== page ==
[iDC] Introduction: The Internet as Playground and Factory

Jean Burgess jean at creativitymachine.net
Mon Jun 8 10:43:19 UTC 2009

You're right, Sean - this is the nub - cars looked great until  
everyone got them.

Some of the most radical  developments in the population-wide  
extension of access to online communication in the last 10 years are  
also the most aggressively commercial (even if, as in the case of  
YouTube, they make no money).

This moment raises questions without easy answers (unless one just  
already hates the masses and/or "capitalism" in which case it is very  
easy), and I am not yet convinced either by the banal celebrations or  
any available critique.

We live in interesting times.

On 07/06/2009, at 23:33, Sean Cubitt <scubitt at unimelb.edu.au> wrote:

> This is the nub -- what is a social good?
> On 7/06/09 7:29 AM, "Joe Edelman" <joe.edelman at gmail.com> wrote:
>> I won't rest until we get to the
>> ubiquitous availability of physical resources like cars and trucks,
> Cars are not a good. As a lifelong cyclist, I know how dirty,  
> dangerous and
> anti-social cars are. And as to the ubiquitous availability issue,  
> there are
> not enough  rare earths on the planet for even China to have the  
> density of
> wasteful duplication of devices we have (even with careful  
> shepherding I
> have four DVD players in my house)
> Tye proliferation of consumer goods, and the detouring in desire  
> towards
> consumerism, is about as utopian as the desire - instinctive I  
> believe - for
> order when it becomes the fascist manipulation of anxiety towards the
> terrorised society
> "Universities, who have long claimed to elevate
> and connect through scholarships and the like, are closed to most
> participants, and can take six years and a great deal of expense to
> effect the same power shift that can be accomplished by a disempowered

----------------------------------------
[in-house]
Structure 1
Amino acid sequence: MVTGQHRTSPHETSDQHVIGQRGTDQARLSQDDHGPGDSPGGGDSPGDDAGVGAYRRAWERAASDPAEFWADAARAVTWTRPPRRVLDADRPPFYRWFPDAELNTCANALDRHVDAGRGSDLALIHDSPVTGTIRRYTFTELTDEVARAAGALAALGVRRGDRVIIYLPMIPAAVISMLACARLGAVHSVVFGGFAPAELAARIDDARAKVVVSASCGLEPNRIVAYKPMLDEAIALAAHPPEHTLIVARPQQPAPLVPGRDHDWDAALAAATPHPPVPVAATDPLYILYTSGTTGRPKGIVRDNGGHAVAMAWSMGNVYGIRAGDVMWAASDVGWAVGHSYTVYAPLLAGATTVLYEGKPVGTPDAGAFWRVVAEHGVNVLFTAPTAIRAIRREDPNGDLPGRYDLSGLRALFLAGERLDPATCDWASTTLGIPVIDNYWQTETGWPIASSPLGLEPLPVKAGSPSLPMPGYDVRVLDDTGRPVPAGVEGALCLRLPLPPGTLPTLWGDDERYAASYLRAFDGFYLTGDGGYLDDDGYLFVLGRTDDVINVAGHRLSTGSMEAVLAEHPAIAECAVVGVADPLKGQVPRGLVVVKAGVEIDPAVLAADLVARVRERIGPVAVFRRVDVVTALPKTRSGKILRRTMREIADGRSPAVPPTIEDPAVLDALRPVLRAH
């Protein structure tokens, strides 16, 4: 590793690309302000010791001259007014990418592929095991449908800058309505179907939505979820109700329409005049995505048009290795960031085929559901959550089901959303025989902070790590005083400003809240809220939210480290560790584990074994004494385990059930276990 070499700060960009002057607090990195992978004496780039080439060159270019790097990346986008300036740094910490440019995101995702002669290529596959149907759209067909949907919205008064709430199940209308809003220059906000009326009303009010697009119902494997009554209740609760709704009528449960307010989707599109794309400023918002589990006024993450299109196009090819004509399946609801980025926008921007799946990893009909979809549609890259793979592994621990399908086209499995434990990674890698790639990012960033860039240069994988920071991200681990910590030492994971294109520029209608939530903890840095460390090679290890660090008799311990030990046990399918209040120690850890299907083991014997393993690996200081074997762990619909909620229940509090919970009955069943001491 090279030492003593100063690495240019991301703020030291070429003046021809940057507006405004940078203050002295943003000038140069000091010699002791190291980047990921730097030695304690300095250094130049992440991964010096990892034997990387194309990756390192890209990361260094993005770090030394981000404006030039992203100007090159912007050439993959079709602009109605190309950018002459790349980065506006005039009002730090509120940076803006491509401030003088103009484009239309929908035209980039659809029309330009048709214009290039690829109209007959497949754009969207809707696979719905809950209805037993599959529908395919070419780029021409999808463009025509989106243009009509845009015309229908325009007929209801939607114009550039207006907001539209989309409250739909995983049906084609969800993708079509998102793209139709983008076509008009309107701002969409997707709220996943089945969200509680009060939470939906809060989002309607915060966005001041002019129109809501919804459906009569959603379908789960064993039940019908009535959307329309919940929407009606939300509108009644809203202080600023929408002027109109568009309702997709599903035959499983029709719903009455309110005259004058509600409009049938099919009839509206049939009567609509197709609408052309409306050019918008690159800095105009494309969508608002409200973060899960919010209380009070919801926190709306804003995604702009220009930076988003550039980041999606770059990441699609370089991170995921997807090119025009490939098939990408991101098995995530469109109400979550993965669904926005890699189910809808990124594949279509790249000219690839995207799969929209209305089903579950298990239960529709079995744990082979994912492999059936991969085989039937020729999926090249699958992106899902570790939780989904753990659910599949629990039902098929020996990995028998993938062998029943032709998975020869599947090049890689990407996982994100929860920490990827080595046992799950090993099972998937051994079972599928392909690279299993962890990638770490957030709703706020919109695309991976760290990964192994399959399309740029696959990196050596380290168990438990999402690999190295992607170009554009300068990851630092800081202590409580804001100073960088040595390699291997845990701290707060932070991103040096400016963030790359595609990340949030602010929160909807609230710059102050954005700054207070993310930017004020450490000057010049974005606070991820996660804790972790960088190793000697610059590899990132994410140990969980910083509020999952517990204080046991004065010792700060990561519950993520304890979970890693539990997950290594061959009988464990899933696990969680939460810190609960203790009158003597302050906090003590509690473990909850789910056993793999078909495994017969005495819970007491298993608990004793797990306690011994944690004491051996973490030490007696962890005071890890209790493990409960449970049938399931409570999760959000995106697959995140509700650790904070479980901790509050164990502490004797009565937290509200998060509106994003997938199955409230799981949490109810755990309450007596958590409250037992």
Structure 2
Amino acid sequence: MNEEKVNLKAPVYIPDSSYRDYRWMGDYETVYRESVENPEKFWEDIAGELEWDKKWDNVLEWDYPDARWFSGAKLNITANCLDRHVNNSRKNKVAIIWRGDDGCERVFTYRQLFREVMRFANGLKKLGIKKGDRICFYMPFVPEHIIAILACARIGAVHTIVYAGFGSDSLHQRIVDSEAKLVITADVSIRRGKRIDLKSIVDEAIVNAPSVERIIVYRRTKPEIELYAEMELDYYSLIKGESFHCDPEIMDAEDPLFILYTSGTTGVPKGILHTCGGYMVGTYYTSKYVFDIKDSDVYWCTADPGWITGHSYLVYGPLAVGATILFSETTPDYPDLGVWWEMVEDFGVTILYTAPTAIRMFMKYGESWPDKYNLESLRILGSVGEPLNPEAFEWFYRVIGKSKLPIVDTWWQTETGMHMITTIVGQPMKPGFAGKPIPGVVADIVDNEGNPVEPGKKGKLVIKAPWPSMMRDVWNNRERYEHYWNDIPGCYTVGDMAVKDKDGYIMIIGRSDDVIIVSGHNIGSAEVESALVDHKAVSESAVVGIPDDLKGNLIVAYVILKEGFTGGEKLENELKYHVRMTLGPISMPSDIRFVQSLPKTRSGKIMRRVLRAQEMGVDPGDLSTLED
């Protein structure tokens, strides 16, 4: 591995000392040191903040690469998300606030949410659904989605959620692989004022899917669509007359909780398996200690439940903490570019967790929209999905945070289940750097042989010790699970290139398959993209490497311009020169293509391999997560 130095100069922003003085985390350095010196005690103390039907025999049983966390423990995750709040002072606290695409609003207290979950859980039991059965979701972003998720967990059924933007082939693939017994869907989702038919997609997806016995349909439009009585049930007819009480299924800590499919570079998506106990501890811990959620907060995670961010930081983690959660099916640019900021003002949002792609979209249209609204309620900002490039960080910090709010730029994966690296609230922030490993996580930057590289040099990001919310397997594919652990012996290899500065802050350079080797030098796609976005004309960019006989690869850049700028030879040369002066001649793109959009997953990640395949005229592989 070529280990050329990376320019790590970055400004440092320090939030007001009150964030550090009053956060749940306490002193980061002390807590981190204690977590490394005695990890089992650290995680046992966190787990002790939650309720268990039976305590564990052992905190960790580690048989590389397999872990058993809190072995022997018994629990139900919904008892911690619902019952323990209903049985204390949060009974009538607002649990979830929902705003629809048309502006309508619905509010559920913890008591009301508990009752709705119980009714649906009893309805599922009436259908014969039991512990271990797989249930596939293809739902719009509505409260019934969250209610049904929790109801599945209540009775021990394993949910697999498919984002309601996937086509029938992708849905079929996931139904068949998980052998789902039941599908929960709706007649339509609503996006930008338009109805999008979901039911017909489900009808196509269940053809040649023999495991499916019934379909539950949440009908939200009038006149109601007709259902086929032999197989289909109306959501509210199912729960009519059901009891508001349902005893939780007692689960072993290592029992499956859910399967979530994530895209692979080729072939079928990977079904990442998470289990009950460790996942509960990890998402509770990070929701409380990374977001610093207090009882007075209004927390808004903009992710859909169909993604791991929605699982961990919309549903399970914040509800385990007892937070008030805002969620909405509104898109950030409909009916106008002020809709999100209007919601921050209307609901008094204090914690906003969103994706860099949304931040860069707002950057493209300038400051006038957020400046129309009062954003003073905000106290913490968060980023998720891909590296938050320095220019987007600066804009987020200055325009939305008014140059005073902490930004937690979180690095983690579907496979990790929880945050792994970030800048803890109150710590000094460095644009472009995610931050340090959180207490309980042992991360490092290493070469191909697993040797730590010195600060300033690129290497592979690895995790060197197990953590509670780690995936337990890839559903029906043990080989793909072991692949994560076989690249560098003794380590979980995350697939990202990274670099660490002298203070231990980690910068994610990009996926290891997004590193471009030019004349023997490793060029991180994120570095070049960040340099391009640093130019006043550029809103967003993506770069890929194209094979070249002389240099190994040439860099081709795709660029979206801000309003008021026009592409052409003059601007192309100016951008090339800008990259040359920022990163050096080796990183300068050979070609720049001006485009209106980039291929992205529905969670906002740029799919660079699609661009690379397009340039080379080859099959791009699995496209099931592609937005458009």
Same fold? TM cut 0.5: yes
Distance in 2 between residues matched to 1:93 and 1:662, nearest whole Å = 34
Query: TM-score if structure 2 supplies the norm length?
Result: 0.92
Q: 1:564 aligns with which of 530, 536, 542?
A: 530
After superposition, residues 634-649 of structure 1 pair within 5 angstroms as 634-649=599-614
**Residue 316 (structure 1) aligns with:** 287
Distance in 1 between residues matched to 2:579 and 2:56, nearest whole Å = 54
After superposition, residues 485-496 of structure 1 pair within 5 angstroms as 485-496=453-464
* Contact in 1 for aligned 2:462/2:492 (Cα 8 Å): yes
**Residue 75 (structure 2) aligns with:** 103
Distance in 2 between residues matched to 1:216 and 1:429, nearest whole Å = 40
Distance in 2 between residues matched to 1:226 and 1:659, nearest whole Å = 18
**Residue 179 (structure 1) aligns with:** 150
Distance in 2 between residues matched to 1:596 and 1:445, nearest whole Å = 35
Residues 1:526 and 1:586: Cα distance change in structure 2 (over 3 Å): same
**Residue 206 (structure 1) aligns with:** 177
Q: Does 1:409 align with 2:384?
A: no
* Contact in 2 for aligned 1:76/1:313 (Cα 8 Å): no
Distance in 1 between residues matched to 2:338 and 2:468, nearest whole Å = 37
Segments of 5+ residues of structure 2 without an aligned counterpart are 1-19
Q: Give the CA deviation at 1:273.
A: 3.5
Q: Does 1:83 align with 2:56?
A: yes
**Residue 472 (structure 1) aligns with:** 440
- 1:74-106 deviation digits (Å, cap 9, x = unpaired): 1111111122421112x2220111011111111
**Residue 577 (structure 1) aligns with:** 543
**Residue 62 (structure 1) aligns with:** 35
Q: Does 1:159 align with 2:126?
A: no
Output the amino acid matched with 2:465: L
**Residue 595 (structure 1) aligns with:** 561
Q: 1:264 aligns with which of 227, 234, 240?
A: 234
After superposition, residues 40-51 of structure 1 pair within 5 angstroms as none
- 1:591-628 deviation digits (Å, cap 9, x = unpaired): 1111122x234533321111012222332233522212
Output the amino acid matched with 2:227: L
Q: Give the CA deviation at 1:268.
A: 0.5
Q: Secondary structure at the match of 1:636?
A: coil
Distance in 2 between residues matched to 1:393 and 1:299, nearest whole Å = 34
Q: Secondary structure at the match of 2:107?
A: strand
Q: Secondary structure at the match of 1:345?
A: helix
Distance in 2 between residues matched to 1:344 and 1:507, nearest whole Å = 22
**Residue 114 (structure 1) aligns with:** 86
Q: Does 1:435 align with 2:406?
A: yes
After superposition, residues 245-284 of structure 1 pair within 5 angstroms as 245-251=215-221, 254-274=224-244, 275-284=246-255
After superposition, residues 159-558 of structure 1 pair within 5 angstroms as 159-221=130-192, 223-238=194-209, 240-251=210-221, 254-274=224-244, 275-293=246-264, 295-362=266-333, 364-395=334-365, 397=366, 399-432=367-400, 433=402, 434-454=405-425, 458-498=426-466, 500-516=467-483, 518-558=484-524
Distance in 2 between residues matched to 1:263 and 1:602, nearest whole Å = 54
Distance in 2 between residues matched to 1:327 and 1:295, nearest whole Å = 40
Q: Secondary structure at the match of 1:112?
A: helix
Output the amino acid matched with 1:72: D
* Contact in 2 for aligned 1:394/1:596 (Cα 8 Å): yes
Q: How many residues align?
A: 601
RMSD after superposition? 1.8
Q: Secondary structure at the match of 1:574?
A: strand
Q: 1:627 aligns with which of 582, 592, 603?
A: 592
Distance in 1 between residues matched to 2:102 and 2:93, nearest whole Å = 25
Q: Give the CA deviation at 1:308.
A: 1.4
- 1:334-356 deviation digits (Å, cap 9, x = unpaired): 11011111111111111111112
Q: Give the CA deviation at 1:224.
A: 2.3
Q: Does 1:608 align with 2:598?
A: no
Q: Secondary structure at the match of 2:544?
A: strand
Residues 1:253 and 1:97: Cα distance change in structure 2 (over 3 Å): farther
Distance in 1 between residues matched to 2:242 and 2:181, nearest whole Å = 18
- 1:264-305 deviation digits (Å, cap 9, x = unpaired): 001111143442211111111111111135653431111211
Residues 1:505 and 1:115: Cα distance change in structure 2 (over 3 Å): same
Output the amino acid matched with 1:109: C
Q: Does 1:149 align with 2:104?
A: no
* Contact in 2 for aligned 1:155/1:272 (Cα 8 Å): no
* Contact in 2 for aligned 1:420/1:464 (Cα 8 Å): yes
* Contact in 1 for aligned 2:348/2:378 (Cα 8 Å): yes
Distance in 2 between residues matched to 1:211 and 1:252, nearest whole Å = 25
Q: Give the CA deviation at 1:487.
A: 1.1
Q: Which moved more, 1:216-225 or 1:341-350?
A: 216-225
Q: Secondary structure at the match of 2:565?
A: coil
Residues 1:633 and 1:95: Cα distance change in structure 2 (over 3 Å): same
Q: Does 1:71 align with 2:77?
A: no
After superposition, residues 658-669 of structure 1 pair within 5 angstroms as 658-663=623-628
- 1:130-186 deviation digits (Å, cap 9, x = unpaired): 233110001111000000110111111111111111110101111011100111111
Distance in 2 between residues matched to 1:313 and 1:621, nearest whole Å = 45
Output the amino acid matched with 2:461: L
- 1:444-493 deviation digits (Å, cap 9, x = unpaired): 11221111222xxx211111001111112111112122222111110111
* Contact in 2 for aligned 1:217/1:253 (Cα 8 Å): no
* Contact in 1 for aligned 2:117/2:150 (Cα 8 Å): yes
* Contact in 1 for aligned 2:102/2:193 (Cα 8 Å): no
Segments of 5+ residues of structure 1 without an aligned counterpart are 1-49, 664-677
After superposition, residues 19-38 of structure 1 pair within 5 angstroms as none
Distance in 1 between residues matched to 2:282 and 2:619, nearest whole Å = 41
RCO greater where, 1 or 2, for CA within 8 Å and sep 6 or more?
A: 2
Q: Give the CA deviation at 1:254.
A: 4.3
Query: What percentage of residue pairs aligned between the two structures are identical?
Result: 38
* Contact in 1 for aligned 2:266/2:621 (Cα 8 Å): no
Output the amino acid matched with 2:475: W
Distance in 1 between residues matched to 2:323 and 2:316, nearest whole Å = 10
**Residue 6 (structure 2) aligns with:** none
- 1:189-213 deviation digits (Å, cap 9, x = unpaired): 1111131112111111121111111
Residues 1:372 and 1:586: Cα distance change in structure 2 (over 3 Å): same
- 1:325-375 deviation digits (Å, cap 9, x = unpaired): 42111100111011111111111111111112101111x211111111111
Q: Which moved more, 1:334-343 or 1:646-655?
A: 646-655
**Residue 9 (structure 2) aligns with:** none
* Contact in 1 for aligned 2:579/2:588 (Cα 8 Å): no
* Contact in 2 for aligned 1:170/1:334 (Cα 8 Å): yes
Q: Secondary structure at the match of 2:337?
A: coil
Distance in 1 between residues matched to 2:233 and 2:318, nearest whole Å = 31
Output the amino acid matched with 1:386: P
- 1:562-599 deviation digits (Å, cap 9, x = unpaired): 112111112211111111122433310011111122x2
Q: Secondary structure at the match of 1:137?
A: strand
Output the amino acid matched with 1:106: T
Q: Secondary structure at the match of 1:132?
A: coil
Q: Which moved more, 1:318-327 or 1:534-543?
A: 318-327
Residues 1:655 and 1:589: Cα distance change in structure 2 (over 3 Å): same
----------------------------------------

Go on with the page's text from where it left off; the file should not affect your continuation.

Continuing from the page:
> group on facebook or twitter in a few weeks."
> The kind of change we bring about in education is rather longer term  
> than
> what can be achieved on Twitter. We have, admittedly, the luxury of  
> thinking
> forty years into the future -- the likely working life of a student
> graduating today.That means we balance between the usual corporate  
> horizon
> of three to five years (like any other business) and the longer  
> term, which
> entrepreneurs and corporations cannot afford to thing about. More
> critically, the more "advanced' capital gets, the more *schools* -  
> by which
> I mean schooling between 5 and 14 years of age -- become  
> competitive, with
> the bestschools going to the children of the wealthy
> Capital is now, as it always has been, a lie founded on a bad pun: the
> "freedom" of the market has nothing whatever to do with human  
> freedom, any
> more than the 'survival of the fittest' describes the fit of a  
> species in an
> ecological niche.
> Sorry to be argumentative: it's late, I'm tired, and I blew the  
> weekend
> writing when I shd have been outdoors
> sean
> Prof Sean Cubitt
> scubitt at unimelb.edu.au
> Director
> Media and Communications Program
> Faculty of Arts
> Room 127 John Medley East
> The University of Melbourne
> Parkville VIC 3010
> Australia
> Tel: + 61 3 8344 3667
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> Skype: seancubitt
> http://www.culture-communication.unimelb.edu.au/media-communications/
> http://www.digital-light.net.au/
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> Editor-in-Chief Leonardo Book Series
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